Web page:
TWIN FALLS • Sixteen-year-old Zoe Rivas has a weekend job that none of her classmates can match.
She was hard at work again Sunday morning, measuring and weighing 145 bullfrogs to the nearest centimeter and gram in preparation for shipping them to buyers. Zoe, her mother, Lisa, and father, Steve, run the Rana Ranch commercial bullfrog operation in the Twin Falls area.
“She’s very central to our business,” Steve Rivas said of his daughter. “It’s definitely a family business.”
He works full-time as an instructor in the College of Southern Idaho’s aquaculture program, and operates Rana Ranch as a sideline. He and Lisa visit the ponds on a one-tenth-acre site every weekday at 5:30 a.m. to clean the facilities and feed the frogs.
The family sells 6,000 frogs annually to about three dozen regular customers, almost all of them outside Idaho. Most frogs go to universities and government agencies, although a few are used to stock ponds.
“These animals have a lot of applications to human health,” Steve Rivas said, adding they are used in heart, cancer and Alzheimer’s disease studies. “These protect a lot of other frogs from being used in research. I feel that’s better than depleting the wild resource.”
In addition, wild frogs often have pathogens that make them unsuitable for research.
Steve Rivas said he’s always been interested in amphibians. The Rivases began raising the animals in 1994, three years after Steve Rivas graduated from the technical aquaculture program at CSI.
He calls bullfrogs good farm animals because their metabolism and growth can be regulated by temperature. That helps produce frogs to the exact size and weight that his customers demand.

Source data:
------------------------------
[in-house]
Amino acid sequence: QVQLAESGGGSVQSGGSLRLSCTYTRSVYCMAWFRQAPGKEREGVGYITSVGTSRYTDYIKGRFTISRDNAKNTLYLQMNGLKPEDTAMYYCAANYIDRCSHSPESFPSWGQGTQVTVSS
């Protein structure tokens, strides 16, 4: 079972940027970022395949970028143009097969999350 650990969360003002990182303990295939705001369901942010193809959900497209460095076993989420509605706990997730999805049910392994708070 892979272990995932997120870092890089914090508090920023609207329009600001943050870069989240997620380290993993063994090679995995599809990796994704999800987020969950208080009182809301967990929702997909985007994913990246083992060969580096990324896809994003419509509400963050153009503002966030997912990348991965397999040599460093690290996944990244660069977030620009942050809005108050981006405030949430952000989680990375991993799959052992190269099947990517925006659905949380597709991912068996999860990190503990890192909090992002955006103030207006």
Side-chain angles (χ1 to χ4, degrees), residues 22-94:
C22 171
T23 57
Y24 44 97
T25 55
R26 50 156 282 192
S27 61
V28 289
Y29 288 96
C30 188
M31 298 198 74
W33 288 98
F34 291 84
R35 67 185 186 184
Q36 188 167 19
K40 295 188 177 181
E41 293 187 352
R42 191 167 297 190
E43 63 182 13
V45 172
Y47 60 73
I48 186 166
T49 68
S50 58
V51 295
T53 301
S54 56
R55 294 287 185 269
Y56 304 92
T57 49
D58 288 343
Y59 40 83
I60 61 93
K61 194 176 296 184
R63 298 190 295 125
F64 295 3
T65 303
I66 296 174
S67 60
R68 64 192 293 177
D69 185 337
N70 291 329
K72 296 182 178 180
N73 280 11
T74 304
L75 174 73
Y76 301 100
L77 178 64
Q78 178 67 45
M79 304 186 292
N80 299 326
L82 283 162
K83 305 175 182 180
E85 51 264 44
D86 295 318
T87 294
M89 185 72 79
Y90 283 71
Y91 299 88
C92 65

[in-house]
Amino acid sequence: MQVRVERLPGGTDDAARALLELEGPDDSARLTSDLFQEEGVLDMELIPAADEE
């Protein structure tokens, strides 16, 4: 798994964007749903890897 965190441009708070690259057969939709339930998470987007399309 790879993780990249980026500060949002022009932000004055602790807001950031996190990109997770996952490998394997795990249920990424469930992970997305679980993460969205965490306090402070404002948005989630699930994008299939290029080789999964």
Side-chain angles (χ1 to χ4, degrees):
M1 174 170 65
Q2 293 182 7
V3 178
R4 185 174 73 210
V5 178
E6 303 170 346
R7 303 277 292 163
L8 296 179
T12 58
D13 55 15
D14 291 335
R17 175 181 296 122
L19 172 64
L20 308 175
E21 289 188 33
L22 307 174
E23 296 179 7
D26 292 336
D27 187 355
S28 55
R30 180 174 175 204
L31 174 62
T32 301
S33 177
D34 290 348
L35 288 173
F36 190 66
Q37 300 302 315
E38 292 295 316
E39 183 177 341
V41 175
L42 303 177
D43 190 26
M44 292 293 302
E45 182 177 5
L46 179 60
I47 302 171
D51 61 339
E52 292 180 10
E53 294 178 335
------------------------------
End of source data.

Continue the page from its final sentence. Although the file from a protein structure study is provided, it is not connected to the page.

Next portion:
The Magic Valley’s high-quality water — warm or cold as needed — is key to producing good frogs, Steve Rivas said. “We can regulate the temperature to what we need for various life stages.”
He added that Rana Ranch is an example of sustainable agriculture with no herbicides, pesticides, inorganic fertilizers or electricity used.
“The manure is composted and the effluent water is used for irrigation,” he said. “Rana Ranch has no debt and has never accepted any public funding.”
The frogs are sold in four sizes, from body lengths of up to 4 inches all the way to “super jumbo” versions longer than 5 inches and weighing more than two-thirds of a pound.
A local mill makes the grain-based pellet feed that includes animal proteins. Steve said the frogs must be fed every day or they will start eating each other.
Zoe Rivas said even the family dog helps out with the business.
“If a frog escapes, Dottie goes after it,” she said. “She gently holds it in her mouth.”
About a half-dozen pens separate the animals by age, starting with tadpoles.
Steve Rivas said the family prefers to keep their business a part-time endeavor.
“There are a lot of niche farms in the Magic Valley,” he said.